Glenrosa Elementary, Helen Gorman Elementary and Glenrosa Middle proudly serve the children of the Glenrosa area.
SPIRALS OF INQUIRY:
As of May 2016, the Ministry of Education removed the requirement for schools to have a School Planning Council (SPC) which consisted of representation of parents, teachers and administration. Our District believes strongly that although there no longer exists a formal SPC, important discussions about what is going on in the school with regards to improving student learning need to continue to happen and that parents, teachers and administration need to continue to work together to set goals and monitor student learning.
To that end, the process our District has chosen for setting goals is based on the idea of inquiry. Inquiry is about being open to new learning and taking informed action. Inquiry has six key stages: scanning, focusing, developing a hunch, new professional learning, taking action, and checking that a big enough difference has been made. At each stage in the spiral, three questions are asked:
• What is going on for our learners?
• How do we know?
• Why does this matter?
As a staff that engaged in the inquiry process for the first time, most of the 2016-2017 school year, was the teaching staff participating in conversations at our monthly staff meetings to discuss what each stage is and how this applies to our students in our buiding. We began by asking ourselves the question, "What is going on for our learners?" and then we asked two students the Four Key Questions That Matter:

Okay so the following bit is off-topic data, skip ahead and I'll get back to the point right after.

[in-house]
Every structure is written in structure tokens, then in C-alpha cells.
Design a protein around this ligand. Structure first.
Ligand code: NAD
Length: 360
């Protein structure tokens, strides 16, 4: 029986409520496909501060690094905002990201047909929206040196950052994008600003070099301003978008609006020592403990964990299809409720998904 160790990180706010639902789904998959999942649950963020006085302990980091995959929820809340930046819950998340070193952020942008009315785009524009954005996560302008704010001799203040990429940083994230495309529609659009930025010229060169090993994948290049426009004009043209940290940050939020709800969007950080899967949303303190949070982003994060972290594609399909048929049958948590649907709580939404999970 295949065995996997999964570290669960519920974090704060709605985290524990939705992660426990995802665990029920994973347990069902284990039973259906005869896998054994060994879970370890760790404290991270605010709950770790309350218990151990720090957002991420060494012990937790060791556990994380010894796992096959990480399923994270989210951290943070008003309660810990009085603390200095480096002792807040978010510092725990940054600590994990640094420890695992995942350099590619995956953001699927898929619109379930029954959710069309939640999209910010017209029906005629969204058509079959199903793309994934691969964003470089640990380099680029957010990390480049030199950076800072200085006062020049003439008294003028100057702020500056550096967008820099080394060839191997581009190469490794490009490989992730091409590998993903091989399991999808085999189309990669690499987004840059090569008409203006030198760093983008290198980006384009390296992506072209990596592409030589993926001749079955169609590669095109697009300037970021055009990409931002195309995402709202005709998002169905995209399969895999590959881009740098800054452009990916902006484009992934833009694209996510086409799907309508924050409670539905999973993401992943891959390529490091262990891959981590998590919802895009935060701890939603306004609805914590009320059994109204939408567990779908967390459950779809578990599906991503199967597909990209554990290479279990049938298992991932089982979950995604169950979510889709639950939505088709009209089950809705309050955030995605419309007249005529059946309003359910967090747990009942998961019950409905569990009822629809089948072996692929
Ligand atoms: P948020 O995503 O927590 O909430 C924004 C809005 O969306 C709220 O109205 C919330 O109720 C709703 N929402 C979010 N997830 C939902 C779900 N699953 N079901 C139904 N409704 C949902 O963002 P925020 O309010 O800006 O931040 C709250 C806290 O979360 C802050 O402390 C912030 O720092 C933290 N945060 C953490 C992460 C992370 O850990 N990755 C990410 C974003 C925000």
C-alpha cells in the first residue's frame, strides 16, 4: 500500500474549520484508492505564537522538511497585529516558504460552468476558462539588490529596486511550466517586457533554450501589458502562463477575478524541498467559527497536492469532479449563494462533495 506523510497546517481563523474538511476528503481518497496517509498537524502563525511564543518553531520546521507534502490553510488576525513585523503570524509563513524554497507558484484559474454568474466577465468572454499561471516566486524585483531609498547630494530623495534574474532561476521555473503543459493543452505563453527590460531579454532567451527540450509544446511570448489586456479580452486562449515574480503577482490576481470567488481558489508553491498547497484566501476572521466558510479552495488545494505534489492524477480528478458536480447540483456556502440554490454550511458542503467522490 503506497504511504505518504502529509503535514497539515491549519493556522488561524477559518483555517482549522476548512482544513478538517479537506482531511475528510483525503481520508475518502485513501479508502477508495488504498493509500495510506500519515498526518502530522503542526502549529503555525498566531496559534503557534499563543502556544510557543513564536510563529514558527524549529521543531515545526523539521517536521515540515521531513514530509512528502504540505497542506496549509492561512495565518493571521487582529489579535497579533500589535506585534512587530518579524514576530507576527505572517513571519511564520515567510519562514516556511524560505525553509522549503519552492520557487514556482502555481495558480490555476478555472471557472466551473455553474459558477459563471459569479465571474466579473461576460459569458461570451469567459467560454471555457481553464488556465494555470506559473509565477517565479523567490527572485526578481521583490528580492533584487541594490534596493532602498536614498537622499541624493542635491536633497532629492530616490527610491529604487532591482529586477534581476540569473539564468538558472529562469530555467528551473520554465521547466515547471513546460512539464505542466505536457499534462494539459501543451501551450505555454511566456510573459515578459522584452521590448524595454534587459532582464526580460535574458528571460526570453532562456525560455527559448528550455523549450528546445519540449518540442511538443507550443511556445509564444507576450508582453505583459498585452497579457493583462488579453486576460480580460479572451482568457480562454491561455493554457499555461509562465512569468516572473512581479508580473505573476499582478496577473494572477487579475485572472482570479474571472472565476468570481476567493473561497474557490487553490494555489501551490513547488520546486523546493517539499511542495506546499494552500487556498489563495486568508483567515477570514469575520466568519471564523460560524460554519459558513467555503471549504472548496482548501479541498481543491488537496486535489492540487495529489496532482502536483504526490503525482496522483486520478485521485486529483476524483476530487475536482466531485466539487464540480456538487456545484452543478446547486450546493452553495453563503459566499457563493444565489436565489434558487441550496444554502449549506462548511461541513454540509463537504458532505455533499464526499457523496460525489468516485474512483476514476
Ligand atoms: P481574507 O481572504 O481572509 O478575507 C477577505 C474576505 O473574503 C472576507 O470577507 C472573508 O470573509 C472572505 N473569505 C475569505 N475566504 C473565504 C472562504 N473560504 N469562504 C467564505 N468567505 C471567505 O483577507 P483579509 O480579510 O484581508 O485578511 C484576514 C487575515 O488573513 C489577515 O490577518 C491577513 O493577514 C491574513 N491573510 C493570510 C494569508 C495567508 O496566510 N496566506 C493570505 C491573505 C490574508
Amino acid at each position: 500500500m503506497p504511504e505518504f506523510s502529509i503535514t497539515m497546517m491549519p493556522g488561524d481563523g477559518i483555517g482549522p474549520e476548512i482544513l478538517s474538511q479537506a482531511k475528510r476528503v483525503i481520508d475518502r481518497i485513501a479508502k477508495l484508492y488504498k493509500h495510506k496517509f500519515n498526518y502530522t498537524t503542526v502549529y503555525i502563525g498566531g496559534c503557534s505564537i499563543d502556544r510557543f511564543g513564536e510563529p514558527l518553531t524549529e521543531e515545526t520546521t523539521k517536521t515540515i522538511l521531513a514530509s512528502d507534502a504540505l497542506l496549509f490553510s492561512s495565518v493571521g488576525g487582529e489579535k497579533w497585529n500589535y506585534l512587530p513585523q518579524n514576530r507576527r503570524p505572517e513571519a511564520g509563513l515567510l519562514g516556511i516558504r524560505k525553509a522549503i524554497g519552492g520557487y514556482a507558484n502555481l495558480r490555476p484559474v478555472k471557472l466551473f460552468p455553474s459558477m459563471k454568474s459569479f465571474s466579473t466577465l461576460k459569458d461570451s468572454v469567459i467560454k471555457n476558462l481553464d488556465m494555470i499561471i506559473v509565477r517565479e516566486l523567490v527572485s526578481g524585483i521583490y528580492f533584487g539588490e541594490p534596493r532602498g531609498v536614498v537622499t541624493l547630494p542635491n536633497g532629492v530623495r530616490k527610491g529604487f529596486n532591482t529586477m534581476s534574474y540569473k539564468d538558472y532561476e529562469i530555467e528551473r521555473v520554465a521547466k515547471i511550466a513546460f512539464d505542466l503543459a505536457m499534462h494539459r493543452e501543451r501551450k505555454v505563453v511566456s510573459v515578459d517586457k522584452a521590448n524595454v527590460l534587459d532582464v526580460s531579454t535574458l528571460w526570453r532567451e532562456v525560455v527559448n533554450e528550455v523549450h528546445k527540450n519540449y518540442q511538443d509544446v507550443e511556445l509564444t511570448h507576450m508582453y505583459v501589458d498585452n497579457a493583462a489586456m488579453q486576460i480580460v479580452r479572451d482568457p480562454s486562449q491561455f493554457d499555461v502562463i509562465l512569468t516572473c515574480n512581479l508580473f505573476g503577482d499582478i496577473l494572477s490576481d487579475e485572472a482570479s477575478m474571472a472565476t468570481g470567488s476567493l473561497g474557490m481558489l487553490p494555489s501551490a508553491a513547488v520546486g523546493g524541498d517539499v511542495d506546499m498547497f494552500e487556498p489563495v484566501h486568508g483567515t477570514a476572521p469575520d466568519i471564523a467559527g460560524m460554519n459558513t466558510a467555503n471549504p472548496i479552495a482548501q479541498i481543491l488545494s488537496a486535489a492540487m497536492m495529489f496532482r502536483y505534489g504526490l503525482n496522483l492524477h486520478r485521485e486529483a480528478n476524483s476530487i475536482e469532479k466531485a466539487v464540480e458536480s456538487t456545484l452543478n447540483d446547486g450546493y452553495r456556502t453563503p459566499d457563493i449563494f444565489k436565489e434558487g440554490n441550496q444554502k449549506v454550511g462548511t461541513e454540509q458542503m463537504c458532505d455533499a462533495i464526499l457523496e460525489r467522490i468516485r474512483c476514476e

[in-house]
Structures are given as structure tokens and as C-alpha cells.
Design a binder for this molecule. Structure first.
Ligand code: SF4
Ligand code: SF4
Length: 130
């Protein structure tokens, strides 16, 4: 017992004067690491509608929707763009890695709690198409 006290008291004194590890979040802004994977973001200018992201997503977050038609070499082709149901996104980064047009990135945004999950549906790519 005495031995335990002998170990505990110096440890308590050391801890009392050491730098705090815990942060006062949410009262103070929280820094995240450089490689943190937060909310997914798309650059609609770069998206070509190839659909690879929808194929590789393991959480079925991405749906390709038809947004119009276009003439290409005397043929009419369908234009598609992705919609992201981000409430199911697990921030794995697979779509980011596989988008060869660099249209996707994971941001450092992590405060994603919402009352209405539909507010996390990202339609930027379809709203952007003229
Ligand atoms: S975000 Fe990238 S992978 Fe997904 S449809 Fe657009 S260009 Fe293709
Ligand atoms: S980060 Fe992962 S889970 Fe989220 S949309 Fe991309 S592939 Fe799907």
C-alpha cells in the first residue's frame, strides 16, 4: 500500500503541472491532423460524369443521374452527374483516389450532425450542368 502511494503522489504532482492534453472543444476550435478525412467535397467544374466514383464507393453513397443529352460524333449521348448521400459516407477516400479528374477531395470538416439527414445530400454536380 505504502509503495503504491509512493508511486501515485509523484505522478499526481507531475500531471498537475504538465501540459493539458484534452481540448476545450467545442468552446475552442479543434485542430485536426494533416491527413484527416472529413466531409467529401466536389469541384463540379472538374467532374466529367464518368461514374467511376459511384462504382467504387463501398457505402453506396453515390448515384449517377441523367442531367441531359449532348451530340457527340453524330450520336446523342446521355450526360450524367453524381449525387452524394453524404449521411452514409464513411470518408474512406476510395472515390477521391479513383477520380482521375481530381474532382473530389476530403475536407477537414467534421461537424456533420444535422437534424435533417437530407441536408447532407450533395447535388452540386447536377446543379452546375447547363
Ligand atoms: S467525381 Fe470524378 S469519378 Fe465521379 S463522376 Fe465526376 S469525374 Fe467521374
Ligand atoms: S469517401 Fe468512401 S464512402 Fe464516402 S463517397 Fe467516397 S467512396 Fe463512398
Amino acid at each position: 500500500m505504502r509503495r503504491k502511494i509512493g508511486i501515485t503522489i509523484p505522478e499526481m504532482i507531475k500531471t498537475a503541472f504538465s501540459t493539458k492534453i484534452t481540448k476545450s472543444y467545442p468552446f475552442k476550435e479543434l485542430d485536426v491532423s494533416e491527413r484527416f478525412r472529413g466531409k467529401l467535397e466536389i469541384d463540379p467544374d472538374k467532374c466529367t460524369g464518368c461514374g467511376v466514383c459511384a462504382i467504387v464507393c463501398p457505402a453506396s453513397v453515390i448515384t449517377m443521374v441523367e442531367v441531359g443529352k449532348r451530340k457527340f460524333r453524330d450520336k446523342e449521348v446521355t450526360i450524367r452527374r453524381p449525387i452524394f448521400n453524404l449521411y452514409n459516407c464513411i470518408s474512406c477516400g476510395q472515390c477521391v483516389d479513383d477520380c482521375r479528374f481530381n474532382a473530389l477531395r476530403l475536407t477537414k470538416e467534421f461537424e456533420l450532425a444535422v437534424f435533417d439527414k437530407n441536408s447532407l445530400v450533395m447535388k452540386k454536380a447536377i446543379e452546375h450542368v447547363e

1) Can you name TWO adults in this school who believe you will be a success in life? How do they show you that they believe in you?
2) Where are you going with your learning? What are you learning? What are the big ideas that you are exploring? Why is this important?
3) How are you doing? What would you like to tell others about how you are doing with your learning? How do you know how you are doing ?
4) Where to next? Tell me what the next piece of learning is for you? What do you need to do to get better at this?
At subsequent meetings, we shared the student responses, which affirmed our belief that building relationships is key to student success. We then read, reflected and reviewed our responses to all of the other stages. Later in the year, we also checked in with two other students and compared the students responses from the first time that we engaged in this activity. We also recognized and affirmed that students need to be aware of and be active participants in their learning journey in order for them to be successful.
Next year, we will continue our journey of inquiry and we also hope to connect with our parents in our inquiry as they are key partners in their child's success.
COLLABORATION AND INQUIRY:
Please go to the 'next tab' (OUR INQUIRY PROCESS) to hear about the different activities that GRE teachers have been participating in as collaborative projects throughout this year.
SCHOOL ACTION PLAN (September 2015 - June 2019):